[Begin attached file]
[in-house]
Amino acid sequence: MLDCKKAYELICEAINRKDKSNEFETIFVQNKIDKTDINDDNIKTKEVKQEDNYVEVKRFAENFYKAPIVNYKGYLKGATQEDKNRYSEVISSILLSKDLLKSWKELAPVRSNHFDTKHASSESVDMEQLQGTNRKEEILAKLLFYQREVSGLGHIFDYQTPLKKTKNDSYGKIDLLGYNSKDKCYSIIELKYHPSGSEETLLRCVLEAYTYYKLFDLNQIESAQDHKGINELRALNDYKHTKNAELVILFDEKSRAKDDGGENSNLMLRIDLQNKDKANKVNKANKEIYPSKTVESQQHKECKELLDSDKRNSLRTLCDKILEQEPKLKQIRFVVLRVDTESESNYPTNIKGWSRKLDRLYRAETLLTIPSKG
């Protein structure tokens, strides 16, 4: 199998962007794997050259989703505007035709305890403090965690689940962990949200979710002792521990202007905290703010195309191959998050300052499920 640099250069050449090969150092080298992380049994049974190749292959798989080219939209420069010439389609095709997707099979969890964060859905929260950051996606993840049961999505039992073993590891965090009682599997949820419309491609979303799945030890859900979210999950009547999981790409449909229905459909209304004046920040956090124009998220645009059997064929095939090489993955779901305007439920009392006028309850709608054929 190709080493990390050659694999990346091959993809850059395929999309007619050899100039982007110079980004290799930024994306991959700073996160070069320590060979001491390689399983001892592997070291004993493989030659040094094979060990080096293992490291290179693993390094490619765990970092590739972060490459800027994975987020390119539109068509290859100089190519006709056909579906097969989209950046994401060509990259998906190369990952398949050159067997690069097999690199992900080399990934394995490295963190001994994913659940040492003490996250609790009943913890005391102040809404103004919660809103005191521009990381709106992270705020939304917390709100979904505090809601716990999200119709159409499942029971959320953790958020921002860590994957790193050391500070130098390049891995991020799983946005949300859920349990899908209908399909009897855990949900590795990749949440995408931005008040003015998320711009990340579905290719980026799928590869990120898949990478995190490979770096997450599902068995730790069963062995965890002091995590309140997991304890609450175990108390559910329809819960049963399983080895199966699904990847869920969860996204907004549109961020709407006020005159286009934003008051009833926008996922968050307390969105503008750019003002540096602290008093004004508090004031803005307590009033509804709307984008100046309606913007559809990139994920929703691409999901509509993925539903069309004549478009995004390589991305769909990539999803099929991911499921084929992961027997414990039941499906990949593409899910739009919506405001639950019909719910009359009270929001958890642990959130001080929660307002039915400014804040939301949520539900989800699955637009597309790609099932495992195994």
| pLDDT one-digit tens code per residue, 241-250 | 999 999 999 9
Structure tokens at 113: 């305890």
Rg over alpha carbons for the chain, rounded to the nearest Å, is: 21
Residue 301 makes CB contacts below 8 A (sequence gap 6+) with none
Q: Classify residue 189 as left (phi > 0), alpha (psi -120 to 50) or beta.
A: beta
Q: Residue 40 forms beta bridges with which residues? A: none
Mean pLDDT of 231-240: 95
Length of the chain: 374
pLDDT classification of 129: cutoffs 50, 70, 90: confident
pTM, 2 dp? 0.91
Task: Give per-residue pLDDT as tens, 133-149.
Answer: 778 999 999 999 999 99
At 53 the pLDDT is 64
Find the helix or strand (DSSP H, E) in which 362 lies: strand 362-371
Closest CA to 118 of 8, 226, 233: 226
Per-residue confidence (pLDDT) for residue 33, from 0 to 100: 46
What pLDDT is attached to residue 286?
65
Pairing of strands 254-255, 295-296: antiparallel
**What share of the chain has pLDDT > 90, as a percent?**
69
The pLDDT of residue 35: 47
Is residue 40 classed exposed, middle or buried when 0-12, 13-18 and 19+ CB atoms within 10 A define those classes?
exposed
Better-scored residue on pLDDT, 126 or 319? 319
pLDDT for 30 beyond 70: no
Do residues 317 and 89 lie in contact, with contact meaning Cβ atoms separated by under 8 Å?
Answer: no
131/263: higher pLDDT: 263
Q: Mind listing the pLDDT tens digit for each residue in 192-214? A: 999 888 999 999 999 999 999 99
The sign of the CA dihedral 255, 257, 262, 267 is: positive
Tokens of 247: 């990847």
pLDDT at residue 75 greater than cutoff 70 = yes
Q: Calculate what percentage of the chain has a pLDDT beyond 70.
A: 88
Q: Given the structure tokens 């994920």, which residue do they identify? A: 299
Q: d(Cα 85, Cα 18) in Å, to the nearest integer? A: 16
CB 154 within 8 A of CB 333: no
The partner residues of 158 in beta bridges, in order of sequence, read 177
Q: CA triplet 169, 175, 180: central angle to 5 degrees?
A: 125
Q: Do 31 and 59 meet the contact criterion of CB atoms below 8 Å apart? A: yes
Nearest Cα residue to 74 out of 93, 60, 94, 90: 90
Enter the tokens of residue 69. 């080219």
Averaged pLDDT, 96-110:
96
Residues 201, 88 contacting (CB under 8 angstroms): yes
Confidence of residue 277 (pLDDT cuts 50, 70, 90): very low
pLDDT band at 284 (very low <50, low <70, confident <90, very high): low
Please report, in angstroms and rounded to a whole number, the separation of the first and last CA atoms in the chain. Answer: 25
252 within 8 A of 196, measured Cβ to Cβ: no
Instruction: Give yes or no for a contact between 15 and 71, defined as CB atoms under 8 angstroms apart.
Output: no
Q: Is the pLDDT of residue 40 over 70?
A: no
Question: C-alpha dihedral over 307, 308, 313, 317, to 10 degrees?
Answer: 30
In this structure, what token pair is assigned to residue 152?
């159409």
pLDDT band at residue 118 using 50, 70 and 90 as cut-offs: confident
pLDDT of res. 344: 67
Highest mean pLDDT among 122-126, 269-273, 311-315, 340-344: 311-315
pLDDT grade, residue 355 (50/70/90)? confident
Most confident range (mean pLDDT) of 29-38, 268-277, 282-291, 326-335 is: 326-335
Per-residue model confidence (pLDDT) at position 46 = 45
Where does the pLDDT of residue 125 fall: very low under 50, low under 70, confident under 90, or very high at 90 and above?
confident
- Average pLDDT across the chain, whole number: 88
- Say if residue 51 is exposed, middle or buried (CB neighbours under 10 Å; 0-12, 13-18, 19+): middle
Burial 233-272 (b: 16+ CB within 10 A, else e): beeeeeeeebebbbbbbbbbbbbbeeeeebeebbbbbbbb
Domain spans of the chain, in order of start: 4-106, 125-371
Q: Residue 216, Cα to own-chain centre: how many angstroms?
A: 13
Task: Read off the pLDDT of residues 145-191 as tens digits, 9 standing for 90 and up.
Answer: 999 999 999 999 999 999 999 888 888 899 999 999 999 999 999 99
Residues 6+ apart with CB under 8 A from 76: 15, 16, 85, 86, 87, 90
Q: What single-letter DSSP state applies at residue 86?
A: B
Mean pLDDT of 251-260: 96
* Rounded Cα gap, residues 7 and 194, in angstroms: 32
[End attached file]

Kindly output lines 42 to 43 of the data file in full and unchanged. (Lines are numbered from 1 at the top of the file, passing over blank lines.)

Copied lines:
CB 154 within 8 A of CB 333: no
The partner residues of 158 in beta bridges, in order of sequence, read 177